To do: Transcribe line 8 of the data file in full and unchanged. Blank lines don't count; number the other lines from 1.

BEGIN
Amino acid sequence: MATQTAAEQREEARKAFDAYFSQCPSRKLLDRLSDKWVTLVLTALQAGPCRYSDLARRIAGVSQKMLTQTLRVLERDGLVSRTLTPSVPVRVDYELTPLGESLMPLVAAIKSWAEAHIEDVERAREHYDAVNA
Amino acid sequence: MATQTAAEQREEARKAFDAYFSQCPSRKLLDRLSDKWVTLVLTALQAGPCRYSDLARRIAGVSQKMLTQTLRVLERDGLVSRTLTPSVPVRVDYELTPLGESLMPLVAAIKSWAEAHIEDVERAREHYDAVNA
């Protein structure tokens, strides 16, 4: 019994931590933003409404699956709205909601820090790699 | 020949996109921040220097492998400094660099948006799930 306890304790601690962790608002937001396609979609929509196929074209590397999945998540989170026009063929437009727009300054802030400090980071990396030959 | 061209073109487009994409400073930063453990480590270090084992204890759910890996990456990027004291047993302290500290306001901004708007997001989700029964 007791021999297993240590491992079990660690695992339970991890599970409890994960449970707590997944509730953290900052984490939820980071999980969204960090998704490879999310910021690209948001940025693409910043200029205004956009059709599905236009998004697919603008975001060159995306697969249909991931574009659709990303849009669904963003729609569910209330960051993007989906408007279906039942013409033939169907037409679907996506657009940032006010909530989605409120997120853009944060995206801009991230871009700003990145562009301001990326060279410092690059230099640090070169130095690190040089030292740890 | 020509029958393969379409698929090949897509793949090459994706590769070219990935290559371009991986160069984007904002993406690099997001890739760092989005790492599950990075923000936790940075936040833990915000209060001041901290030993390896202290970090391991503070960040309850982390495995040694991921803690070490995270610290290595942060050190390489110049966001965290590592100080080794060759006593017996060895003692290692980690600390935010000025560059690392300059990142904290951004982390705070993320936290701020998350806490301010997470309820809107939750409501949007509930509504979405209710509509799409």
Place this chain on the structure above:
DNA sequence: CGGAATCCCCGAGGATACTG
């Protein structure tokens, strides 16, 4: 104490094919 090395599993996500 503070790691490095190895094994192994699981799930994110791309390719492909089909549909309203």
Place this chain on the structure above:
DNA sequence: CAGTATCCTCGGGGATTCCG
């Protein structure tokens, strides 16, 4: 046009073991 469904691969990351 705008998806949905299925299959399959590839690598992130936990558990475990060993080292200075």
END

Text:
DNA sequence: CAGTATCCTCGGGGATTCCG